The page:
At the beginning of the twentieth century, Scott’s Porage Oats were marketed as being produced entirely through an automated process: “untouched by human hand”. Towards the end of the century, a new variety of asset management could lay claim to such a slogan – “quants” or quantitative managers fed mathematical models of financial markets into computers, which were then supposed to select stocks with none of the biases and fallibility of human stock selectors.
Investors were easily convinced of this concept, perhaps seduced by impressive technical descriptions of models, perhaps dubious about the possibility of traditional asset managers beating the market. Large amounts of money poured into quant funds, both long-only and hedge funds.
“Assets managed quantitatively grew phenomenally in the late 1990s and early 2000s,” says Martin Knowles, head of equity manager research at investment consultant Towers Watson.
More recently, quant funds have struggled as their performance, by and large, failed to satisfy investors through the credit crisis and afterwards. Fund research company Morningstar looked at the US quant sector recently, finding a group of 65 quant funds were on average in the bottom quartile of all US equity funds over three years to July 2010. This includes funds from Bridgeway, Goldman Sachs, JPMorgan and Vanguard. Axa Rosenberg is shortly to liquidate four Laudus funds following a controversy over the handling of an error in one of its models. The controversy saw founder Barr Rosenberg and head of research Thomas Mead leave the company.
“Quant has got a bad press because of performance issues,” admits Eric Sorensen, president and chief executive of PanAgora, a US manager with a strong quant tradition. “When a lot of people come in and do the same thing, there are capacity constraints.”
It is difficult to get a precise handle on exact numbers flowing in or out of quant funds because the definition of such products is not clear-cut. Most fundamental managers use some quantitative techniques to filter their universe or provide suggestions, so the line between the two has become blurred.
“My impression is there have been asset outflows,” says Mr Knowles. “In one way, outflows are a good thing, because then you have less money chasing the same factors.” Nevertheless, this advantage will be minimal, he predicts, because the money leaving the sector is not material by comparison with the money that flowed in when quant was in fashion.
Investor attitudes to quant managers are not uniform, even after the struggles of the past few years. “Some clients have an appetite for the quant approach – it’s systematic, it’s easy to explain what the investment story is,” says Mr Knowles. “Some would regard it the opposite way, as a black box.”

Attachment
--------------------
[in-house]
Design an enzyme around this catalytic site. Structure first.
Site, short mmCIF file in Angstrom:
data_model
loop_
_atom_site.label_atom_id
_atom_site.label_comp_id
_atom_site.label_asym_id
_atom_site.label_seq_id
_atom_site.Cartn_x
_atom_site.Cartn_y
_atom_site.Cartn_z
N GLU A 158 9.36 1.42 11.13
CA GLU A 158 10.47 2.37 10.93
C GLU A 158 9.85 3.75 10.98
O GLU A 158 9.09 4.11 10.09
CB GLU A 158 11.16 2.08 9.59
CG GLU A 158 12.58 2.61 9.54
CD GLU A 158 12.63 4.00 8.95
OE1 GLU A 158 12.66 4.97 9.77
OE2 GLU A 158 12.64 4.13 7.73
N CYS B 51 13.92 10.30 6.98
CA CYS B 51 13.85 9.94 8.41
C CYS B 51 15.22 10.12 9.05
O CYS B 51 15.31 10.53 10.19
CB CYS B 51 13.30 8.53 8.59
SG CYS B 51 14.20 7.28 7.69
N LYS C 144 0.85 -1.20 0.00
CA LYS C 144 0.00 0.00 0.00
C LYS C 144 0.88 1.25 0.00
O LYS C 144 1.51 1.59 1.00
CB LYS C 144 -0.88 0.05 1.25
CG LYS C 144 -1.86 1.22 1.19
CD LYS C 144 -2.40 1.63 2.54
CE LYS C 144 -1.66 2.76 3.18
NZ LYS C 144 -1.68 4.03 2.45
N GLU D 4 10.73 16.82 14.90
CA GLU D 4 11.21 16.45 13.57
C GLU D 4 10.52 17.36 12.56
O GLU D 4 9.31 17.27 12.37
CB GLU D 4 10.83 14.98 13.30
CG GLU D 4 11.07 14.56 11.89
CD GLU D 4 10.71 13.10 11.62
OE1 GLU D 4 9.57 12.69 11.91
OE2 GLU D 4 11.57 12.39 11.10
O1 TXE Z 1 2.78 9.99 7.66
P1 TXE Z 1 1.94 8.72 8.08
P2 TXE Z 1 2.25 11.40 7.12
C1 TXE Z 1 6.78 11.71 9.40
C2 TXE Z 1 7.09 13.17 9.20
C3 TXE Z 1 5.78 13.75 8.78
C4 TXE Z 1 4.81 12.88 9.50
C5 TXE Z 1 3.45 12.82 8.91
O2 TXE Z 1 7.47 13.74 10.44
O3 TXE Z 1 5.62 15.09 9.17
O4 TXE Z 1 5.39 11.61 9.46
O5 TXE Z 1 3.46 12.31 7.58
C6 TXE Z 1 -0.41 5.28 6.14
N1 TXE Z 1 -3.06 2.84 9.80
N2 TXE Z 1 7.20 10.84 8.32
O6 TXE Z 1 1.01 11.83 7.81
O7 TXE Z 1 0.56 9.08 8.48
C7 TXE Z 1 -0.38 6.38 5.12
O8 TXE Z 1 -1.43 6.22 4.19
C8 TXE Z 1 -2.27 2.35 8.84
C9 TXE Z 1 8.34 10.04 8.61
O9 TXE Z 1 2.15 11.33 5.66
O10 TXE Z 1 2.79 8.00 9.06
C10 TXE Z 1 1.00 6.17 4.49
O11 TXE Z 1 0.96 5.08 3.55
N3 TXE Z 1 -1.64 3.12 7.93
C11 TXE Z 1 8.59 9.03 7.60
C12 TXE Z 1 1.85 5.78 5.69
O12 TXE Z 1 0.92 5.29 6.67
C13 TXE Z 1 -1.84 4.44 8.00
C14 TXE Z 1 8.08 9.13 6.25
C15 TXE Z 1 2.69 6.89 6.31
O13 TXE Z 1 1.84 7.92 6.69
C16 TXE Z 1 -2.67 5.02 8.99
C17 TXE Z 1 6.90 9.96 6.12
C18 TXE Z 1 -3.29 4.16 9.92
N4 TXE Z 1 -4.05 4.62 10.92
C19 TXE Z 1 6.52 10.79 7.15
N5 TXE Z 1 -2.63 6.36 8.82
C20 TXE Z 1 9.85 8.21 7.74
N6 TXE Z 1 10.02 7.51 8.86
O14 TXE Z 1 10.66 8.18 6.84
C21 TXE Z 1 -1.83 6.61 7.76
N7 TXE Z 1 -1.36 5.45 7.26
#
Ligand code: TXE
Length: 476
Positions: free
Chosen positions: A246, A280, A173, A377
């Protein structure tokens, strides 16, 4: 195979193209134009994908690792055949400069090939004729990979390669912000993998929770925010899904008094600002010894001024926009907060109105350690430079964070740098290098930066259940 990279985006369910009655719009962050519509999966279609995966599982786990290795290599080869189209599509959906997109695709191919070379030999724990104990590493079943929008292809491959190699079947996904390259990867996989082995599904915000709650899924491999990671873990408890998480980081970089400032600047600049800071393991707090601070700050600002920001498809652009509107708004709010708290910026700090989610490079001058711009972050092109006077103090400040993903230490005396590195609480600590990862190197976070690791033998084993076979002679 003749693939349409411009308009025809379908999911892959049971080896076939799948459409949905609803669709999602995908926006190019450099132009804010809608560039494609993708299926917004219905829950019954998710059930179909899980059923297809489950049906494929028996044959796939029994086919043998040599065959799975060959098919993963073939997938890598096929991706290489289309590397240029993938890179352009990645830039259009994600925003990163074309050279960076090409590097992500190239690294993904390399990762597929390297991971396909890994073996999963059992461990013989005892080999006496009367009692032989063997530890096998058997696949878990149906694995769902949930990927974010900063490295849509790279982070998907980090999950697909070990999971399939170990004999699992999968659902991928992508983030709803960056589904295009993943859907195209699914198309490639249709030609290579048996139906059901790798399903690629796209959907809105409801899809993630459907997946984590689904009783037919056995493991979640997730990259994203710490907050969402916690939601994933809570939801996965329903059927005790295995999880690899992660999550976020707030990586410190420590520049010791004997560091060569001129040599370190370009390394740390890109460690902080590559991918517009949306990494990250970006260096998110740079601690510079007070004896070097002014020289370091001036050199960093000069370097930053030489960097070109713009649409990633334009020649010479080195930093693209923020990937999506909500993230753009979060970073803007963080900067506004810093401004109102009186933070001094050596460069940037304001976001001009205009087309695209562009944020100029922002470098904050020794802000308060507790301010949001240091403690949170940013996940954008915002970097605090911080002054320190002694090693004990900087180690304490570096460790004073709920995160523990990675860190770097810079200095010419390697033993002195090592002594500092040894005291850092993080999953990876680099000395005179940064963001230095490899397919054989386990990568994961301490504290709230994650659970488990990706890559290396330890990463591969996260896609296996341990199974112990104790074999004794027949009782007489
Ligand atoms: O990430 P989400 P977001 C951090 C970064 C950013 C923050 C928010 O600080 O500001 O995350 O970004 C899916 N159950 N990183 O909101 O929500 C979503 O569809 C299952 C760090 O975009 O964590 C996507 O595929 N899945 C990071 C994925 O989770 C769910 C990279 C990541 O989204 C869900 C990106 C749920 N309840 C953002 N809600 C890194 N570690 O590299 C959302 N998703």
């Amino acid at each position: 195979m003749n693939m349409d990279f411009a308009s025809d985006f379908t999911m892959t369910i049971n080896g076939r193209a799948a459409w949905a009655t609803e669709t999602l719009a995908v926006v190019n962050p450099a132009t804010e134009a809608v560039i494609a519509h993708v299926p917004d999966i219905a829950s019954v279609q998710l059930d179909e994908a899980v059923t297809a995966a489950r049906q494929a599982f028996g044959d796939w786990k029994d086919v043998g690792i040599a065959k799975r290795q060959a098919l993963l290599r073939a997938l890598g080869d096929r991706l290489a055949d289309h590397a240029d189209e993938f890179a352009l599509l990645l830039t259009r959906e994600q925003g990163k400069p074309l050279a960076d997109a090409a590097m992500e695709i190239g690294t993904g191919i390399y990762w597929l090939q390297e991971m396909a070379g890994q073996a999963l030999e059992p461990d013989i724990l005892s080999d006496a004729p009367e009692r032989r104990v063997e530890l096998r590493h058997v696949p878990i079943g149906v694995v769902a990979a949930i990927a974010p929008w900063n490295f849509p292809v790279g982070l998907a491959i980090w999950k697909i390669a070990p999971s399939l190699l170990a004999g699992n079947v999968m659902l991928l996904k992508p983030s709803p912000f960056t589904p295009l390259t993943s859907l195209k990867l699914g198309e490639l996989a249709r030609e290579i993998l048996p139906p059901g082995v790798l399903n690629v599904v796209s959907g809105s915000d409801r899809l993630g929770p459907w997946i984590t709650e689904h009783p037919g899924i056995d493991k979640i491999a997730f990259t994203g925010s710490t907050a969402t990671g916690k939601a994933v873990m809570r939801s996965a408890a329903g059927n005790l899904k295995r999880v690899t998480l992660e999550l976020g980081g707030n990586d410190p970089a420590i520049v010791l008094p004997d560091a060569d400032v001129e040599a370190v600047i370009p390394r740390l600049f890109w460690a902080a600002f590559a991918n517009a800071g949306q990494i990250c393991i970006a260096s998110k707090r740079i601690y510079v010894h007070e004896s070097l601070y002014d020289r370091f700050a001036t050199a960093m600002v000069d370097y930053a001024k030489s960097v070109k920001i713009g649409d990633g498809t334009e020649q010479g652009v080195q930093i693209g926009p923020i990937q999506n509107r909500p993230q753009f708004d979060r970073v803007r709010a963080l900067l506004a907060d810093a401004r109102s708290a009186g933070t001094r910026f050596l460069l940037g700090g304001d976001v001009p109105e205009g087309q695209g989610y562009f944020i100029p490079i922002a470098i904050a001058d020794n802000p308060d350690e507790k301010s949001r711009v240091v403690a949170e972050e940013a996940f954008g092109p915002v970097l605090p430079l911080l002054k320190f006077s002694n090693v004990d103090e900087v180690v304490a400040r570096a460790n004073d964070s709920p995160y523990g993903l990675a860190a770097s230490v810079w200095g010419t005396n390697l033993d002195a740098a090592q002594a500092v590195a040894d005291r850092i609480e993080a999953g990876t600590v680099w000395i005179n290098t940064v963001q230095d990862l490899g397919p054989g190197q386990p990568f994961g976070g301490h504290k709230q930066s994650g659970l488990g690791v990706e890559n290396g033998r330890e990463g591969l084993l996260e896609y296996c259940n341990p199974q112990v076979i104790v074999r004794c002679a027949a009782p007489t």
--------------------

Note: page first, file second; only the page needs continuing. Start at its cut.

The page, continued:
Because many quant models identified and attempted to exploit similar factors in the market, such as momentum and value, the more money chasing these factors, the less outperformance any individual fund could achieve. They have also struggled in recent market conditions, explains Mr Knowles, because they frequently do best when the market is taking a clear direction.
“Inflexion points”, at which that direction changes, can be harder for a model to adapt to than a human, he explains. “Over the past year or so, the market’s been oscillating between worry and belief that everything’s going to be okay.
“That’s effectively been a whole series of inflexion points, which is generally not good for momentum strategies,” he says.
This is not to say quant managers are sitting back and waiting for things to go their way again. Instead, many of them are re-examining their models, either because they are concerned they were not correct in the first place, or because they believe markets have changed sufficiently that new models, or at least adjusted versions, are necessary.
“The problem is that finding unique factors becomes ever more difficult as more and more people are looking for them,” says Mr Knowles, “and there’s an increased risk of identifying spurious relationships.”
Although it may be true figures cannot lie, it is very easy for them to mislead, suggesting trends or correlations that do not actually exist.
Other quants have looked at improving their trading techniques to squeeze extra performance from their models, while others are examining questions of timing in switching to eke out returns.
A reconsideration of the role of risk in portfolio management is another avenue for exploration by the mathematically minded. The fundamental indices that re-weight traditional market capitalisation weighted indices according to company metrics such as dividends have been in vogue for some time, but are often criticised for resulting simply in value investment strategies. Now alternative methods of weighting indices are being developed, such as the “anti-benchmark” approach of French quant Tobam, which systematically weights index components based on their correlation to each other to maximise diversification.
Since this approach is intended to minimise risk, as does the “minimum variance” approach, its success should be measured largely by the lower volatility it produces, but it has outperformed in most of the big markets Tobam invests in.
Like many investment innovations, quant managers’ core ideas have become mainstream – now they find themselves at the edge of thinking about what exactly investors want from their portfolios and how that might be produced.